Calorie restriction (CR), a reduction of 10–40% in intake of a nutritious diet, is often reported as the most robust non-genetic mechanism to extend lifespan and healthspan. CR is frequently used as a tool to understand mechanisms behind ageing and age-associated diseases. In addition to and independently of increasing lifespan, CR has been reported to delay or prevent the occurrence of many chronic diseases in a variety of animals. Beneficial effects of CR on outcomes such as immune function, motor coordination and resistance to sarcopenia in rhesus monkeys have recently been reported. We report here that a CR regimen implemented in young and older age rhesus monkeys at the National Institute on Aging (NIA) has not improved survival outcomes. Our findings contrast with an ongoing study at the Wisconsin National Primate Research Center (WNPRC), which reported improved survival associated with 30% CR initiated in adult rhesus monkeys (7–14 years) and a preliminary report with a small number of CR monkeys. Over the years, both NIA and WNPRC have extensively documented beneficial health effects of CR in these two apparently parallel studies. The implications of the WNPRC findings were important as they extended CR findings beyond the laboratory rodent and to a long-lived primate. Our study suggests a separation between health effects, morbidity and mortality, and similar to what has been shown in rodents, study design, husbandry and diet composition may strongly affect the life-prolonging effect of CR in a long-lived nonhuman primate.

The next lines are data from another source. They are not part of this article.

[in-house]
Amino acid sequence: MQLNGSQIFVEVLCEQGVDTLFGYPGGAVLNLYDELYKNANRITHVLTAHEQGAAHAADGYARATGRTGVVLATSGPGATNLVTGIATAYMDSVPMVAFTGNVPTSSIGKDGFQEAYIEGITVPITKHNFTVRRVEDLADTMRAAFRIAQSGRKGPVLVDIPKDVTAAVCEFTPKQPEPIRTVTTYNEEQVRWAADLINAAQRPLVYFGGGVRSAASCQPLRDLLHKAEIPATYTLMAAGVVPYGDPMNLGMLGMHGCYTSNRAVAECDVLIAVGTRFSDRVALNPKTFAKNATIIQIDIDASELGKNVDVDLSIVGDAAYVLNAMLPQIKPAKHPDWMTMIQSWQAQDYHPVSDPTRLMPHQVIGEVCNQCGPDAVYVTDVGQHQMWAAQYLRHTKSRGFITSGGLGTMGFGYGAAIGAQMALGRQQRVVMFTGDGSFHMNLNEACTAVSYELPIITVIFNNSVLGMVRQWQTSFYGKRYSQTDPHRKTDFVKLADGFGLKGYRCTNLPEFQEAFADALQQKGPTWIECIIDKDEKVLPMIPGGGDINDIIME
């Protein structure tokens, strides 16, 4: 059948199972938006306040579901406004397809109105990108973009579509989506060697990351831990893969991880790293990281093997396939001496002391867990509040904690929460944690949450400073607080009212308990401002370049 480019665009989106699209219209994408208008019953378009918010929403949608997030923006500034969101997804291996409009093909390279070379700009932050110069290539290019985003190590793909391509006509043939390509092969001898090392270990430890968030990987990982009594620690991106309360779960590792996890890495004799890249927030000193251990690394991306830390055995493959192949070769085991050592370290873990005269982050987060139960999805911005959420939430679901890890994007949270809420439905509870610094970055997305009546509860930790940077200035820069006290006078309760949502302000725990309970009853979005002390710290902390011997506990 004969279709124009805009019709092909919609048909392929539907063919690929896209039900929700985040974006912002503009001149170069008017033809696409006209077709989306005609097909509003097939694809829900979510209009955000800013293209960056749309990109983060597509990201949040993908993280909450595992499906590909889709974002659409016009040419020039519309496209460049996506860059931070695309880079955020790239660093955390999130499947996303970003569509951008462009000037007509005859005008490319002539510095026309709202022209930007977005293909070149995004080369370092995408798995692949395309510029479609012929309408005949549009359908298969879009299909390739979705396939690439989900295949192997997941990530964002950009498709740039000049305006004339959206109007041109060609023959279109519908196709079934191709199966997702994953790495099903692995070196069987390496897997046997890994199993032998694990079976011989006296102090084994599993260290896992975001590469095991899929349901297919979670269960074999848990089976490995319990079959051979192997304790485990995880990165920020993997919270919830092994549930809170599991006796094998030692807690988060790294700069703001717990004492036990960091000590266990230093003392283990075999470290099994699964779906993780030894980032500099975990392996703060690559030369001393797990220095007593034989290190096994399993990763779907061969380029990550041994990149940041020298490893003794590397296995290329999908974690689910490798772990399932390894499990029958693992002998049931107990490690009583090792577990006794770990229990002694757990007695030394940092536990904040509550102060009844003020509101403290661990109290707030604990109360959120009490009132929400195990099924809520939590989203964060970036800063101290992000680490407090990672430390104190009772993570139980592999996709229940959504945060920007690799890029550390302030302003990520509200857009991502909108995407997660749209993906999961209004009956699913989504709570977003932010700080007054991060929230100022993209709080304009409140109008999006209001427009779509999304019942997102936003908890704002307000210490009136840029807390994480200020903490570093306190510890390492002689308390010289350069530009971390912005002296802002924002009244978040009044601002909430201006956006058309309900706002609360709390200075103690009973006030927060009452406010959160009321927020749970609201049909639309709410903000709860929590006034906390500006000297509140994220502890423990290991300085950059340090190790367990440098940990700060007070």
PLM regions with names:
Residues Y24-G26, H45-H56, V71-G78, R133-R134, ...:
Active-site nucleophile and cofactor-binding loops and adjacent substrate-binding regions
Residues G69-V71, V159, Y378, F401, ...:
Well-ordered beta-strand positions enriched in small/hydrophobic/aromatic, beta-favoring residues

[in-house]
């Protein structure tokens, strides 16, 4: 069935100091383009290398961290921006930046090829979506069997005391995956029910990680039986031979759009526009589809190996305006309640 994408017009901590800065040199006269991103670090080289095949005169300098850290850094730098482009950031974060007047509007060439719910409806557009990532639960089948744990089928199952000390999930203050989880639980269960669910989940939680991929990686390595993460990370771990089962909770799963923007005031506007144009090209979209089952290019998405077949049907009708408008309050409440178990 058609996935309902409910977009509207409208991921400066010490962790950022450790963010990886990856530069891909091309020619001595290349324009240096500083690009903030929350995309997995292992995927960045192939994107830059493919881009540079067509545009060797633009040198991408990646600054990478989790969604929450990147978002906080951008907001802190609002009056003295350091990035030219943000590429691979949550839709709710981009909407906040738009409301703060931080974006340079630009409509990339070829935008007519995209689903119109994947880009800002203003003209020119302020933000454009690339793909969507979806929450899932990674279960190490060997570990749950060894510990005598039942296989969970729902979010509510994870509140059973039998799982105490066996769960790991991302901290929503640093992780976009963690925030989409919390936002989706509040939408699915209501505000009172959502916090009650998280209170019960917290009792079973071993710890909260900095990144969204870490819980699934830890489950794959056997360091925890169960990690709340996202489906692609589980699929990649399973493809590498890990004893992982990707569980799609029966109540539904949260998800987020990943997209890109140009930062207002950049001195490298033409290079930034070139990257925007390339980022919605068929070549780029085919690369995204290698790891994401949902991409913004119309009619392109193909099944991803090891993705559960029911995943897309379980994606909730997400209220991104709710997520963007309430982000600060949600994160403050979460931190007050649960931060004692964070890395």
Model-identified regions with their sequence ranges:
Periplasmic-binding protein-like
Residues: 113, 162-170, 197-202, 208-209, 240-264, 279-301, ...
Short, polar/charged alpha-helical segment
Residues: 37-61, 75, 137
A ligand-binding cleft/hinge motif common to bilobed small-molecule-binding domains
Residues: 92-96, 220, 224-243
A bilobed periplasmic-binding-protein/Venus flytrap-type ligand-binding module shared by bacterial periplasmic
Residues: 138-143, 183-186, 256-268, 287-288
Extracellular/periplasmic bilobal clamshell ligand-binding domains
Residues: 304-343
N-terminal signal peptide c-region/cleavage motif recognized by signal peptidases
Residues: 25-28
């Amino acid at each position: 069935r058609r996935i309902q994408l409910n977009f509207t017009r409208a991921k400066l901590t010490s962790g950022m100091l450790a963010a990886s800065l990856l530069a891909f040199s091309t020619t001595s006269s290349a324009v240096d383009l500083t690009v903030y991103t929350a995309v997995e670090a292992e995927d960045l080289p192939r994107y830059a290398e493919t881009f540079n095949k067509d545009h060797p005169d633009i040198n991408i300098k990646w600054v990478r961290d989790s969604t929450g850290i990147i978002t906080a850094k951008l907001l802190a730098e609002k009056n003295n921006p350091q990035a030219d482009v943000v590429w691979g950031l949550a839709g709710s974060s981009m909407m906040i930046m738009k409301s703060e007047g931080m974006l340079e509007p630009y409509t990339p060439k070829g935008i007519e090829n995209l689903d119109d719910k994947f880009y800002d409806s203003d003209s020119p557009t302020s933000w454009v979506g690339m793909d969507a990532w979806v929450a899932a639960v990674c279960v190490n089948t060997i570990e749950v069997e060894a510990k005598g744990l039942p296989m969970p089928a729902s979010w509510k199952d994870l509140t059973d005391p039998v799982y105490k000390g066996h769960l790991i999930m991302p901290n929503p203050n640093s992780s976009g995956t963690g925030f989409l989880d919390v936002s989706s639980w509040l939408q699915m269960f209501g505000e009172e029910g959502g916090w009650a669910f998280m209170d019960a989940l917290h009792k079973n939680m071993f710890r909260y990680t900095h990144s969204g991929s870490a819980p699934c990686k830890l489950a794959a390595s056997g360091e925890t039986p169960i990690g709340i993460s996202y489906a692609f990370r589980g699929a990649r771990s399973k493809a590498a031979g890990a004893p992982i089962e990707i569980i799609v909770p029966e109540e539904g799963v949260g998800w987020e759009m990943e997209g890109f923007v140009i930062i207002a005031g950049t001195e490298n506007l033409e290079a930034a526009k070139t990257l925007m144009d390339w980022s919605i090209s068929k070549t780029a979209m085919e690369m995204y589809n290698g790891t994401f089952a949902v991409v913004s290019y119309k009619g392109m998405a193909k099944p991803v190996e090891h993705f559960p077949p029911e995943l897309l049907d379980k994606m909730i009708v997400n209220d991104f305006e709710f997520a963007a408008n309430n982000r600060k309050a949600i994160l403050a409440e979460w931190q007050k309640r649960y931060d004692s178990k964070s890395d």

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            Maintenance of serological memory by polyclonal activation of human memory B cells.

            Production of antibodies can last for a lifetime, through mechanisms that remain poorly understood. Here, we show that human memory B lymphocytes proliferate and differentiate into plasma cells in response to polyclonal stimuli, such as bystander T cell help and CpG DNA. Furthermore, plasma cells secreting antibodies to recall antigens are produced in vivo at levels proportional to the frequency of specific memory B cells, even several years after antigenic stimulation. Although antigen boosting leads to a transient increase in specific antibody levels, ongoing polyclonal activation of memory B cells offers a means to maintain serological memory for a human lifetime.
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              Humoral immunity due to long-lived plasma cells.